Narrowing of the ear canal is called aural atresia. It can range from a slight narrowing to a complete absence of the external ear canal. When this occurs at birth, we use the term congenital atresia.
There may also be changes in the shape of the outer ear or pinna (termed microtia) as well as malformations of the middle ear structures, including problems with the three bones of hearing. Rarely, there may also be abnormalities of the inner ear structures.
Aural atresia occurs in 1 in 10,000 to 20,000 live births, with atresia of one side being three times more common than atresia of both sides.
Atresia of the ear canal requires evaluation by a multidisciplinary team including an otolaryngologist, audiologist, and radiologist. (Additionally, plastic surgeons may be involved in the correction of any malformations of the outer ear). An absent ear canal leads to a conductive hearing loss even if the inner ear and hearing nerve are normal. In addition to hearing loss, a narrow canal can predispose to infections, or in more severe cases, to cysts or entrapment of skin of the canal and middle ear called cholesteatomas.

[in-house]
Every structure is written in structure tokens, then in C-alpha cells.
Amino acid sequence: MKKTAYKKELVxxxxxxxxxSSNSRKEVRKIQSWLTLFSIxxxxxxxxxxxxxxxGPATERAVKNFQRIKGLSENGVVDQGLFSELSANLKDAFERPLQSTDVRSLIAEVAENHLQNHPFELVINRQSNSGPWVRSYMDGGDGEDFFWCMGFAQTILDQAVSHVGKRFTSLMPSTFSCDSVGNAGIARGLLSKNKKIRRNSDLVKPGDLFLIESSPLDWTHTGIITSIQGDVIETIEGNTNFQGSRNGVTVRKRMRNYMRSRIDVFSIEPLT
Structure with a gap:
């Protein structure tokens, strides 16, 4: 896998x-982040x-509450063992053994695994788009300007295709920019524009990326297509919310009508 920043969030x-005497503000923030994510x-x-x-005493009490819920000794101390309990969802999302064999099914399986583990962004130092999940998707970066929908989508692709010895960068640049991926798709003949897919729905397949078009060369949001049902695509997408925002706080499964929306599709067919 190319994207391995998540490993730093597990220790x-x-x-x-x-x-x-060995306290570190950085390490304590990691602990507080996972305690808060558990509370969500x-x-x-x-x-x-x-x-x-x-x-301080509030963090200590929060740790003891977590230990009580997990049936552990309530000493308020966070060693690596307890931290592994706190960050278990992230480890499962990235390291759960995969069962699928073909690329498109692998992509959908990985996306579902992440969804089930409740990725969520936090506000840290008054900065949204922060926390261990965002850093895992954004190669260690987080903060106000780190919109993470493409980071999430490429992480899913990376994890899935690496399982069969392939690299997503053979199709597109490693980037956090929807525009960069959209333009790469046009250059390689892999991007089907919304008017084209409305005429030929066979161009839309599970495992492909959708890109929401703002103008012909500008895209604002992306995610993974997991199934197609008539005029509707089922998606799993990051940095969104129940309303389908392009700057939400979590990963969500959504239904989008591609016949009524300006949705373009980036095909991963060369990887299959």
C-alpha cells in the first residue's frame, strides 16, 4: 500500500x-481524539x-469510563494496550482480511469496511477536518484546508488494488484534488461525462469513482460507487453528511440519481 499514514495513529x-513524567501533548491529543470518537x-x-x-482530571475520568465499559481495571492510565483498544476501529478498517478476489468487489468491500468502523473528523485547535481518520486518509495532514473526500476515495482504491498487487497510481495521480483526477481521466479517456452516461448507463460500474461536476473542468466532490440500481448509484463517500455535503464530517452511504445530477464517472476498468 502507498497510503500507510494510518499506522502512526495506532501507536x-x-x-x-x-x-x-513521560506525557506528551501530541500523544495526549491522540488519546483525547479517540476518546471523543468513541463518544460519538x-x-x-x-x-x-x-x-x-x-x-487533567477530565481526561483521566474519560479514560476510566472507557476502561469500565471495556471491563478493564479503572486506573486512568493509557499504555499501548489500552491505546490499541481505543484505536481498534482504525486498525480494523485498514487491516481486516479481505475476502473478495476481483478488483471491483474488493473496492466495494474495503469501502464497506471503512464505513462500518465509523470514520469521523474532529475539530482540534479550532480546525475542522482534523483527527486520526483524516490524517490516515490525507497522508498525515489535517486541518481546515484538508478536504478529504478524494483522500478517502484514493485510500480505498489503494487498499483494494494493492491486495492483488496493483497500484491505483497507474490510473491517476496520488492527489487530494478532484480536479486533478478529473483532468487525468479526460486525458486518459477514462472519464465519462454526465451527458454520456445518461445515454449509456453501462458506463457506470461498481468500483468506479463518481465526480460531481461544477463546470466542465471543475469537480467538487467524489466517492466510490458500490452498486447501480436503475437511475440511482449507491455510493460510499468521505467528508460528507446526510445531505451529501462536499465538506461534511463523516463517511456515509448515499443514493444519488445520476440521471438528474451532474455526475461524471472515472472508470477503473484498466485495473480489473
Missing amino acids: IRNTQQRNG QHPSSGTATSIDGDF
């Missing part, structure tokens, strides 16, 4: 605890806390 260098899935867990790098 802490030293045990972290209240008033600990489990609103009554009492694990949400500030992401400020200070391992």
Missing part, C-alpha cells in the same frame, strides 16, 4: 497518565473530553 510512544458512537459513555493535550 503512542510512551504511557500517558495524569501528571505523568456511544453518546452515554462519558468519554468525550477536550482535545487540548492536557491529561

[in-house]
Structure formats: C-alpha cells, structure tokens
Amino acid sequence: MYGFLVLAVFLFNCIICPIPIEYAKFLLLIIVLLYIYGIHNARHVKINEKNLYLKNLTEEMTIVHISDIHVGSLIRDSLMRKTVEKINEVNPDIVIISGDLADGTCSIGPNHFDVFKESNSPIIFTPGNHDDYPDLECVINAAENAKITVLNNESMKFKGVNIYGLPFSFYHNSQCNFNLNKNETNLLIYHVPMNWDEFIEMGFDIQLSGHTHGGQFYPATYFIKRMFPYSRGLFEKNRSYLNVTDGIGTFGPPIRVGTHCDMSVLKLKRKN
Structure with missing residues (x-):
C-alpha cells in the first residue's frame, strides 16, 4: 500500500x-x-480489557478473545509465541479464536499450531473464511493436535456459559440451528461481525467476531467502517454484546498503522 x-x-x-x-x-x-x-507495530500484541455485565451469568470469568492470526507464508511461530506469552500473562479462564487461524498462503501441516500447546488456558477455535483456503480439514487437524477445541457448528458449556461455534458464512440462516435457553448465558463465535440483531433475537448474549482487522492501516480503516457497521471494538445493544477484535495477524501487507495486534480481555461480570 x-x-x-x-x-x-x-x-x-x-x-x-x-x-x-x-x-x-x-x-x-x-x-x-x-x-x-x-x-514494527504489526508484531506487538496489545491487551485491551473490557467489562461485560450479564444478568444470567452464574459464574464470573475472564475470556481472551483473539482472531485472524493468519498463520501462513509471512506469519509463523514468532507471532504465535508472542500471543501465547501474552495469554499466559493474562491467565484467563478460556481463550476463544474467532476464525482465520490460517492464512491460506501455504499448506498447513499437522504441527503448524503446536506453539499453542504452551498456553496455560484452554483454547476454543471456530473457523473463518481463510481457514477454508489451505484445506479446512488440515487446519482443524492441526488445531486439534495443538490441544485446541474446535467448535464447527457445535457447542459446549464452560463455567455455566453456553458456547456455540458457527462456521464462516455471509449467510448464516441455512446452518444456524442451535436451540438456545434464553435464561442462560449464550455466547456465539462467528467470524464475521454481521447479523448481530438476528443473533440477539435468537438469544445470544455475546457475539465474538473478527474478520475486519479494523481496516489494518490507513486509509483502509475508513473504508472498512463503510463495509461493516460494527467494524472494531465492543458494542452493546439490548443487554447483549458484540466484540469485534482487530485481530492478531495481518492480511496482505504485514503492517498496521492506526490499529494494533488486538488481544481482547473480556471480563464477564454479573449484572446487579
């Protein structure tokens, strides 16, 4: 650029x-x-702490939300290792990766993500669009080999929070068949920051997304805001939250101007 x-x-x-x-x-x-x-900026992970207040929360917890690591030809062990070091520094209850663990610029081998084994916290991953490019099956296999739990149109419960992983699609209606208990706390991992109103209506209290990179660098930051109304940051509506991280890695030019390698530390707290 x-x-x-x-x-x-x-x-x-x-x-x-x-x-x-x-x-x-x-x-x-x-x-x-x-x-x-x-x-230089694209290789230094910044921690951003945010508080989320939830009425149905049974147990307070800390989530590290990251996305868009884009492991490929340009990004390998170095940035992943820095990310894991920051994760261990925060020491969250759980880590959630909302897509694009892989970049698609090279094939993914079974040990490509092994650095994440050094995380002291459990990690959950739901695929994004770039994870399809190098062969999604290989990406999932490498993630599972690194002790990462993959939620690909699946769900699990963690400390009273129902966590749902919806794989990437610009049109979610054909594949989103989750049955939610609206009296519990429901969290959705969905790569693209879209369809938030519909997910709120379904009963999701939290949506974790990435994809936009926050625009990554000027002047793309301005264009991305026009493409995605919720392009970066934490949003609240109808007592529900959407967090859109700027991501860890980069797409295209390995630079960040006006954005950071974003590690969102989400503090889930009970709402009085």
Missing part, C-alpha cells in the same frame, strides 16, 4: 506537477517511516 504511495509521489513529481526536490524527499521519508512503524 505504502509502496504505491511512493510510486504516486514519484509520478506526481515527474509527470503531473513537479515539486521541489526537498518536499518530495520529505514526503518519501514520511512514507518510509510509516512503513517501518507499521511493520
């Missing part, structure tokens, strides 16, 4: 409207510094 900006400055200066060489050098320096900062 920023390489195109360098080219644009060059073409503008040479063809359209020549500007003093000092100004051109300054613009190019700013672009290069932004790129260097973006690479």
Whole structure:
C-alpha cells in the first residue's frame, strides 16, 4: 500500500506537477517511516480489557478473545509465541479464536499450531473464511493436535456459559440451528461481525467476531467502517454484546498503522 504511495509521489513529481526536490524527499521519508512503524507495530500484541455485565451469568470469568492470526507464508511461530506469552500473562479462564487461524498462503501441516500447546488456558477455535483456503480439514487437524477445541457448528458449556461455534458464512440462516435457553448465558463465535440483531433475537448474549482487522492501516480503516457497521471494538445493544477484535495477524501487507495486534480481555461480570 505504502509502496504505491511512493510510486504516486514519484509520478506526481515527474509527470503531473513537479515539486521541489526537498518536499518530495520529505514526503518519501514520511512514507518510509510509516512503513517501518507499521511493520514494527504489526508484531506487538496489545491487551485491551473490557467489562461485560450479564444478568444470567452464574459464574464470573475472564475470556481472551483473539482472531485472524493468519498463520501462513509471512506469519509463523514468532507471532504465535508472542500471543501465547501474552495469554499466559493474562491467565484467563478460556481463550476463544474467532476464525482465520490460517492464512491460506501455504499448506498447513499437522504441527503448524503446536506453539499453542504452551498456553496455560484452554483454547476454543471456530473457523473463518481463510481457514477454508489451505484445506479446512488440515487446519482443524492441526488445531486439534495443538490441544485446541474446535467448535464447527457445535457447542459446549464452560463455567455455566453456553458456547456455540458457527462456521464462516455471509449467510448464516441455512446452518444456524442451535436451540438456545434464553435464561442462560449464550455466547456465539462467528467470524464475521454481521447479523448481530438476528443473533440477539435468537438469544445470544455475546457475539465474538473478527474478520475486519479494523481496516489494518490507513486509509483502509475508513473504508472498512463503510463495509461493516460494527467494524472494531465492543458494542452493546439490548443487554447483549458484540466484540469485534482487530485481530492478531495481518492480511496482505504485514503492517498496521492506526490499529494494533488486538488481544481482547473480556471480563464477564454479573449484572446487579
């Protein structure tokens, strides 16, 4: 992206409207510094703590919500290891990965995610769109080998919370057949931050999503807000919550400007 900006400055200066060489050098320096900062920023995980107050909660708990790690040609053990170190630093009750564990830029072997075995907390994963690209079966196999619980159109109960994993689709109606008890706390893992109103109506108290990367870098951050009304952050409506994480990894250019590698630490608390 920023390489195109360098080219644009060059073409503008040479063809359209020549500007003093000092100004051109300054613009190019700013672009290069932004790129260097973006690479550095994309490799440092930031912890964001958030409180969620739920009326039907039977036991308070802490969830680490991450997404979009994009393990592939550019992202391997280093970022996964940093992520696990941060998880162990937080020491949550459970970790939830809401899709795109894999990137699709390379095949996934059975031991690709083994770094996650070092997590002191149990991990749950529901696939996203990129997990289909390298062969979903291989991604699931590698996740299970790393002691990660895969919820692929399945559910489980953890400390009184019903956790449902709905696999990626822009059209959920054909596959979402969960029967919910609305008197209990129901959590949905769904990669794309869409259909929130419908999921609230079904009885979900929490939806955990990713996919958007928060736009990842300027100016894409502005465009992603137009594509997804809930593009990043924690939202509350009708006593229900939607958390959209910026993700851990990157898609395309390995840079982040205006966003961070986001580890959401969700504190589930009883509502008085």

In some situations, the ear canal can be surgically reconstructed to improve hearing. Alternatively, bone conduction hearing aids may be an option. Surgery to reconstruct the ear canal (termed atresiaplasty) is typically recommended at 5-6 years of age for patients with atresia of one or both sides. However, in some situations, surgery may be performed before this age. The decision to repair the external part of the ear (microtia repair) and the type of repair used (rib graft technique versus medpor implant) impacts the timing of atresiaplasty. To maintain initial surgical results and to avoid late complications following atresiaplasty, such as narrowing of the ear canal, the patient needs diligent postoperative office care.